Dorset, As[h]tabula Co., Ohio: March 26, 1860.
Unbound. Three pages (three sides of a four-page bifolium). Old folds from mailing else very near fine. Approximately 300 words written in ink in a clear, legible hand. The fourth page has an additional pencil note from Brown's traveling companion, the journalist James Redpath: "Love to all. Ever & truly Jas. Redpath." John Brown, Jr. (1821-1895) was the son of abolitionist John Brown, and essentially assumed his place at the head of the Brown family after Brown was executed. He was a member of the Kansas State Legislature beginning in 1856 and served in the Union Army during the Civil War. This letter was written just about three months after his father was convicted of murder, conspiracy, and treason, and hung at Charles Town, [West] Virginia. Brown writes to his family:
"Dear Sister Ruth, Mother, Brothers Sisters Cousins, I have yours informing me of the death of our dear sister Martha. My heart bleeds... you say she was something of a believer in Spiritualism... if to believe that death is but a stepping stone to a higher mode of existence--that we take with us to that state of being all that we are now... ." He goes on to describe at length the limits of his belief in spiritualism.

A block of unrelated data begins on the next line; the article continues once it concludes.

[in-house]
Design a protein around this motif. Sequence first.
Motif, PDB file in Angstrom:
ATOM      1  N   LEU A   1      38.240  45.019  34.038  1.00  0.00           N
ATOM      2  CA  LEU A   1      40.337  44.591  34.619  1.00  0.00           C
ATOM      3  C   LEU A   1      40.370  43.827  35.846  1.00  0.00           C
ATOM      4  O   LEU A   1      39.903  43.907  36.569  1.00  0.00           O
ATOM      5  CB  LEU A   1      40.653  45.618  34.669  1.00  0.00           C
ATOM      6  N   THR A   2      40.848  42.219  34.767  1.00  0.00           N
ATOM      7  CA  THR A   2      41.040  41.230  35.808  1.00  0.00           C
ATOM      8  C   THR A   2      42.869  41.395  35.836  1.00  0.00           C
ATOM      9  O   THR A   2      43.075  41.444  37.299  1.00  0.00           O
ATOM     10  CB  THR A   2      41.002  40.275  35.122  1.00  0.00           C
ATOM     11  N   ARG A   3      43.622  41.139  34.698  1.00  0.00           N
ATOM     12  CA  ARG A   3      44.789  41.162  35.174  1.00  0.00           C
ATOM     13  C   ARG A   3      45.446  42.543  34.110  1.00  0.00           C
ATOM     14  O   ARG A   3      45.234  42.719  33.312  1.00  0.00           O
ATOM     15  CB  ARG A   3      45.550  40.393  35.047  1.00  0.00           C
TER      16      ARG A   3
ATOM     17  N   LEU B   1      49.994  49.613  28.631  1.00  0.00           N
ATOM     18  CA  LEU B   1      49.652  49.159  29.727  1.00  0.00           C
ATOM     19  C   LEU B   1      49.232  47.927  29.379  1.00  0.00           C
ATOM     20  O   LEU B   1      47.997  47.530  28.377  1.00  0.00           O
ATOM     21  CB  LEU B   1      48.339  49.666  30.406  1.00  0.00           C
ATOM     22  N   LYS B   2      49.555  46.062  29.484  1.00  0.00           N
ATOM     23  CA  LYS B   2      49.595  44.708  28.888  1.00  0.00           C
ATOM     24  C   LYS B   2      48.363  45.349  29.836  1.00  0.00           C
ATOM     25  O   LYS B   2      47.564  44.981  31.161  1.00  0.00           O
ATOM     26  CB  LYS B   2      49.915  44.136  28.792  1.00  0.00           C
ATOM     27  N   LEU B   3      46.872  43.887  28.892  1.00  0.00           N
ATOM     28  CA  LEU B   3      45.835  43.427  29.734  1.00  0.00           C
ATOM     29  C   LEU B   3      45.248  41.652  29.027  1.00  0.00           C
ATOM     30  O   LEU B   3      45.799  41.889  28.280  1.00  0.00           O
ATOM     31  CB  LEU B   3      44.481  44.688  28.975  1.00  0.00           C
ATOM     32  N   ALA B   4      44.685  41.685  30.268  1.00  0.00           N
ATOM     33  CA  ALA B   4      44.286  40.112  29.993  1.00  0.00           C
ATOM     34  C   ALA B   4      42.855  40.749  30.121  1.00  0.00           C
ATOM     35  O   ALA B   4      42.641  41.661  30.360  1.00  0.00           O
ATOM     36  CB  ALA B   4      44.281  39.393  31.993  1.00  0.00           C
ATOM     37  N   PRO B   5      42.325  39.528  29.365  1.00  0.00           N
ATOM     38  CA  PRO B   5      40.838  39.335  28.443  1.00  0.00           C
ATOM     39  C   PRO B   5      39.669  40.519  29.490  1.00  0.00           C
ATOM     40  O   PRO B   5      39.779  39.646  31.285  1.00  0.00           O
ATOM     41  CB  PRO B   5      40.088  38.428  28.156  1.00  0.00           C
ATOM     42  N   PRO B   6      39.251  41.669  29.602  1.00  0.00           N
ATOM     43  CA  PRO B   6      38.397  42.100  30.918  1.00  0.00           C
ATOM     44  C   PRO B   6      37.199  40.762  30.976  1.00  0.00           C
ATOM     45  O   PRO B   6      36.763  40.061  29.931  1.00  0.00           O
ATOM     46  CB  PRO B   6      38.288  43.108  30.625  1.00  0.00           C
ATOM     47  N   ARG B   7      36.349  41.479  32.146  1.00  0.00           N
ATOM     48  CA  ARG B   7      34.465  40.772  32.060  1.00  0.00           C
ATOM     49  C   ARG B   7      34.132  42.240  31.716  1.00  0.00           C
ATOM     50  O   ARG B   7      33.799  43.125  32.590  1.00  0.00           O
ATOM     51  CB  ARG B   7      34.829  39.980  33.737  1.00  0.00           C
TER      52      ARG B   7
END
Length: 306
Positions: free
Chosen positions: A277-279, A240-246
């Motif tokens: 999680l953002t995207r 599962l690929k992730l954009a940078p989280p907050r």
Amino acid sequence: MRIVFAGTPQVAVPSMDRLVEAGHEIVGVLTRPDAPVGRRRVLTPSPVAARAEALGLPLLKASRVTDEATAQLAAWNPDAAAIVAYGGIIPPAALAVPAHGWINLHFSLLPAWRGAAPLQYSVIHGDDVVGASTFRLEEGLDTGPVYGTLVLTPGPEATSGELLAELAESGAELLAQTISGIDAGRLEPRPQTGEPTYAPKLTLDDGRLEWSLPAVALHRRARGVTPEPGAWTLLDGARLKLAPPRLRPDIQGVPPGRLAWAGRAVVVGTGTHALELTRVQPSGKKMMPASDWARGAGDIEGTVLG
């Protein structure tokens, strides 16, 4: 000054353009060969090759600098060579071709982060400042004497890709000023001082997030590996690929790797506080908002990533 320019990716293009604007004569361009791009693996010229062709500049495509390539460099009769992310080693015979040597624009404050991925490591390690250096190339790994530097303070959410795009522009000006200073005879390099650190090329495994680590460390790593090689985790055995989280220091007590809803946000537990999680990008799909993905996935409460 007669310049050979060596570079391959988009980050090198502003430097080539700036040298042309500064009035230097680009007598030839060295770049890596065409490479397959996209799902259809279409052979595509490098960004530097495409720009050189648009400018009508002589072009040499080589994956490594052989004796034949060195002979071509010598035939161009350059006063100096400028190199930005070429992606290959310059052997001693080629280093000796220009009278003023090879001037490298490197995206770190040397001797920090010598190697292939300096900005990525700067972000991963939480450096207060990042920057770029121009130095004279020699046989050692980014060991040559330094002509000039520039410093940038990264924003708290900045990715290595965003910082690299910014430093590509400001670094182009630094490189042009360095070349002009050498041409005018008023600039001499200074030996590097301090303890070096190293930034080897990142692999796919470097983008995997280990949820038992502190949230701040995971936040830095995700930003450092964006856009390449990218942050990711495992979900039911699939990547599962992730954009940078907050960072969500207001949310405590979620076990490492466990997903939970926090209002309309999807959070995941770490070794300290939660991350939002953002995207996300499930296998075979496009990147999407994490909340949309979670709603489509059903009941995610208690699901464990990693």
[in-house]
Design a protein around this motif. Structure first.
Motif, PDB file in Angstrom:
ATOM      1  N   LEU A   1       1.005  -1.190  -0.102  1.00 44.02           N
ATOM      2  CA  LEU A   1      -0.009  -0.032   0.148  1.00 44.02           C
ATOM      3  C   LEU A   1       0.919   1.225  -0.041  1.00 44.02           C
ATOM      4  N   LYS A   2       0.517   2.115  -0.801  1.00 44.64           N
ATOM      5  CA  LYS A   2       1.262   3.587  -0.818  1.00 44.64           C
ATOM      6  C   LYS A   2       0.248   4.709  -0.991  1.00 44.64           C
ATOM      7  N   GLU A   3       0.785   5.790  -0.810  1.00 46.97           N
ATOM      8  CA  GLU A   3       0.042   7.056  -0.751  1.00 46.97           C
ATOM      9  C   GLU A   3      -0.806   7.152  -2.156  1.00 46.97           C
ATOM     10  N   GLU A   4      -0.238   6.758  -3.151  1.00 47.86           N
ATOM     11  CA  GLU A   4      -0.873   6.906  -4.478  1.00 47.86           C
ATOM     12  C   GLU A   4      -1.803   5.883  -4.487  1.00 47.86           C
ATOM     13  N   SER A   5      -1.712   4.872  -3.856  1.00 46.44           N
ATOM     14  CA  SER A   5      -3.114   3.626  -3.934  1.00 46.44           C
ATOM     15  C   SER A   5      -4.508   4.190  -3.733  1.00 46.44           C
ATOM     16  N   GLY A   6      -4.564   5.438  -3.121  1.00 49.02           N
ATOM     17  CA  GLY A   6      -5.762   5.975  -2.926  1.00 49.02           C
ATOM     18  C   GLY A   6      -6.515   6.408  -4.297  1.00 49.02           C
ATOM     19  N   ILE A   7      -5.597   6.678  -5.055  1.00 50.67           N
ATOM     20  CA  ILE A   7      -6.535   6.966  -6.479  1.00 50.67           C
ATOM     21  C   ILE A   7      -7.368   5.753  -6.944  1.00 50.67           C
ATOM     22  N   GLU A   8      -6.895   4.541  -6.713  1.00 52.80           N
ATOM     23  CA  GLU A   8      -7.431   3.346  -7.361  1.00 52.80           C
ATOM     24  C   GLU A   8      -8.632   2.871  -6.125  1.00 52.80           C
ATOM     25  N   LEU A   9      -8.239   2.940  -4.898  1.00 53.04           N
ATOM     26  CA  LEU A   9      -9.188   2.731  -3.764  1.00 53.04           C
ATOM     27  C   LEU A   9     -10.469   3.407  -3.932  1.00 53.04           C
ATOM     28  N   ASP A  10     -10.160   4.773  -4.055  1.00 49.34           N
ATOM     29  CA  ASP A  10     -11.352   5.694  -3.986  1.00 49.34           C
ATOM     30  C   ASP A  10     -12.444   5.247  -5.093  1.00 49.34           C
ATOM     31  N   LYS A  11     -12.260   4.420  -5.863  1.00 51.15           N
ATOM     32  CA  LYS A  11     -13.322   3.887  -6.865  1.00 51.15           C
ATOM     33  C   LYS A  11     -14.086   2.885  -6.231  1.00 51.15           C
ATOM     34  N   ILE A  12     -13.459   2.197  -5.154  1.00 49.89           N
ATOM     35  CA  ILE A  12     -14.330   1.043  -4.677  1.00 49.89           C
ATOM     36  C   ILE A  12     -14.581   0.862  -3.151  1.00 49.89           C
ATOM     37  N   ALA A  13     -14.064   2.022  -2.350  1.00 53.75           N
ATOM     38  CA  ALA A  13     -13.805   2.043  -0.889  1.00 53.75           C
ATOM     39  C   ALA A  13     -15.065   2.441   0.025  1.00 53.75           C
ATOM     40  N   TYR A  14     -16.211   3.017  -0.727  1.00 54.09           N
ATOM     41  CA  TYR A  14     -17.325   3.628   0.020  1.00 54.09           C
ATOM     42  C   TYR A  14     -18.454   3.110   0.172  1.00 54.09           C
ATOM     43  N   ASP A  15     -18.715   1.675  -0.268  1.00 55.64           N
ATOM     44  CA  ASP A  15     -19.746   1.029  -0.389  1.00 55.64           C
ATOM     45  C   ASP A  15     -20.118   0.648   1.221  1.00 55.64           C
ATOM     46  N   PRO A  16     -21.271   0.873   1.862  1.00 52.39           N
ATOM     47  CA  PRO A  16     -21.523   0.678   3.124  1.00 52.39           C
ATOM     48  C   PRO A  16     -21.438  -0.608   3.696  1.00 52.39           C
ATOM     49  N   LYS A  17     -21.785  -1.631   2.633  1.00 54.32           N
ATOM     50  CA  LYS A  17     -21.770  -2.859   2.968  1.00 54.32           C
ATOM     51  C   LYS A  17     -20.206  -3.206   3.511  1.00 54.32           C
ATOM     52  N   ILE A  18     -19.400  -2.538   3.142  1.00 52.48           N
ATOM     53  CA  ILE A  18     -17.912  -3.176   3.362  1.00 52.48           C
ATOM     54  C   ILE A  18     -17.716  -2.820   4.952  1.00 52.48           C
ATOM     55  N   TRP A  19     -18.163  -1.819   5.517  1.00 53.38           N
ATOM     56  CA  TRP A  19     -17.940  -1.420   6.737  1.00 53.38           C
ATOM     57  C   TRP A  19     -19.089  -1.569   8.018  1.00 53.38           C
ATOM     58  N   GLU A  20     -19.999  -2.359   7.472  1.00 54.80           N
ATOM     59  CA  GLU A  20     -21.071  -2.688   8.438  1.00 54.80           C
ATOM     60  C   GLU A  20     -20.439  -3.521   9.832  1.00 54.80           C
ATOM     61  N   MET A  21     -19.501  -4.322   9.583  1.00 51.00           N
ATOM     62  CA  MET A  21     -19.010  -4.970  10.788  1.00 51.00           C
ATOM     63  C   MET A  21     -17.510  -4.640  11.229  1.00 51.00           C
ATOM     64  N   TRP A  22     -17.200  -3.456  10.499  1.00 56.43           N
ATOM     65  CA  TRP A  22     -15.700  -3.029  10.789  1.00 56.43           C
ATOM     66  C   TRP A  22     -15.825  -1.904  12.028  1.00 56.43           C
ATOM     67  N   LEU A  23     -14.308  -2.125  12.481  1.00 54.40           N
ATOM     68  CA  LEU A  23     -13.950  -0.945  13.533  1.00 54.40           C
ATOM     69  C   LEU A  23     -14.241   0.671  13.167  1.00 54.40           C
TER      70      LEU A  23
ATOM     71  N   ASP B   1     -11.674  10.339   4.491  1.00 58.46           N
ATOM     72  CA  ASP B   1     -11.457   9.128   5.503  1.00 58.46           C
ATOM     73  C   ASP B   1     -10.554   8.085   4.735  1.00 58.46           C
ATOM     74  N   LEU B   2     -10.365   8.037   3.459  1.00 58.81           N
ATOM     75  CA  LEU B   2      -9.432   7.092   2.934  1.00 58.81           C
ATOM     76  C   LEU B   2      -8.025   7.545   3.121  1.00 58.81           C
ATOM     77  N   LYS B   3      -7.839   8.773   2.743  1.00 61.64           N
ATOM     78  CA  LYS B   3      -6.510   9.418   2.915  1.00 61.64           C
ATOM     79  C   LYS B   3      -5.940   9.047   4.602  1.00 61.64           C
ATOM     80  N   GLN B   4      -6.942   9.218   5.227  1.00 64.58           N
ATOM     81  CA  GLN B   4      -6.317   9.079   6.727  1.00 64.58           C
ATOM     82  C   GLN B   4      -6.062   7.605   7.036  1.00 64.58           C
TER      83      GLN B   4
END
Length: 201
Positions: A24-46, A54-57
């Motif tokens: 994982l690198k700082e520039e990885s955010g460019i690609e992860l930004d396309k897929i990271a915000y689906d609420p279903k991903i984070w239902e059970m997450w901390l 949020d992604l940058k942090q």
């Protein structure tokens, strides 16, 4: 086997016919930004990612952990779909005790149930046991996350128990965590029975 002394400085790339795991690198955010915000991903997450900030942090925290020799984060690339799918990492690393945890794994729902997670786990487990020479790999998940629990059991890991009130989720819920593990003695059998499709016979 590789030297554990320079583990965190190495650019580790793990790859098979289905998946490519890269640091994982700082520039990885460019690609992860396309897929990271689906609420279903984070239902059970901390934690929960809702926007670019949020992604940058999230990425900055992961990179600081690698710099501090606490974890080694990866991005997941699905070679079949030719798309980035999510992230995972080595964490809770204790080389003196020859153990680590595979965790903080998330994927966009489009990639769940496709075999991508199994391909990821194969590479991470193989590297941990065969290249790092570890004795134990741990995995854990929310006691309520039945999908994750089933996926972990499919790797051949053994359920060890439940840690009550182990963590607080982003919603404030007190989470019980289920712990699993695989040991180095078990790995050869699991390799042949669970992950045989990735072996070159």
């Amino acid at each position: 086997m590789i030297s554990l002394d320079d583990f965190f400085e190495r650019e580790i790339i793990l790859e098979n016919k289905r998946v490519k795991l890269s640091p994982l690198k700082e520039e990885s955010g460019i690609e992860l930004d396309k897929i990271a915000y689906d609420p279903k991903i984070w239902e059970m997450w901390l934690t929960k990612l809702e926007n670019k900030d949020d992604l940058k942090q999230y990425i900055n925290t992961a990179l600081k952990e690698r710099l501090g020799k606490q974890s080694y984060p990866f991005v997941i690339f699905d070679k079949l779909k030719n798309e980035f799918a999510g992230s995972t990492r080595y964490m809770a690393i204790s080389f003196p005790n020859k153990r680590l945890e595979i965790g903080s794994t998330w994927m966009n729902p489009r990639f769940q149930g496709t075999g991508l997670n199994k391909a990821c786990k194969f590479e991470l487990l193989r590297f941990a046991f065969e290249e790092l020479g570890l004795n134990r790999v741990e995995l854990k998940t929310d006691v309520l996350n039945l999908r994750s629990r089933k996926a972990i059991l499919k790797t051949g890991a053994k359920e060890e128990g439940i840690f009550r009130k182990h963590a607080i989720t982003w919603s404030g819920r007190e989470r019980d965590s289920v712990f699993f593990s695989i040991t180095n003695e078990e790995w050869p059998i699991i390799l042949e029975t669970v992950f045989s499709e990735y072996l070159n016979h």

Brown notes that Mr. Redpath, Barclay Coppoc, and his brother Owen are with him. Barclay Coppoc (or Coppock) was a Quaker abolitionist who had a falling out with the Quakers over his militance, and a member of John Brown's party. James Redpath (1833-1891) was a journalist, editor of the *New York Tribune* at age 19, and a staunch abolitionist. "Mr. Redpath says there has been some talk of our folks moving from North Elba [a black community founded on land donated by the anti-slavery campaigner, Gerrit Smith] and establishing somewhere in the vicinity of Worcester, Mass. I do hope not... the family would be forced into a class of society, which in a pecuniary respect at least they could not stand with as equals... our family were not made to shine in the drawing-rooms of wealth and distinction—the wild and rugged 'Adirondacs' with their pure air, clear streams, and placid lakes constitute our most natural surroundings... ." A fine letter revealing of John Brown, Jr.'s personality and character, written shortly after the death of his father.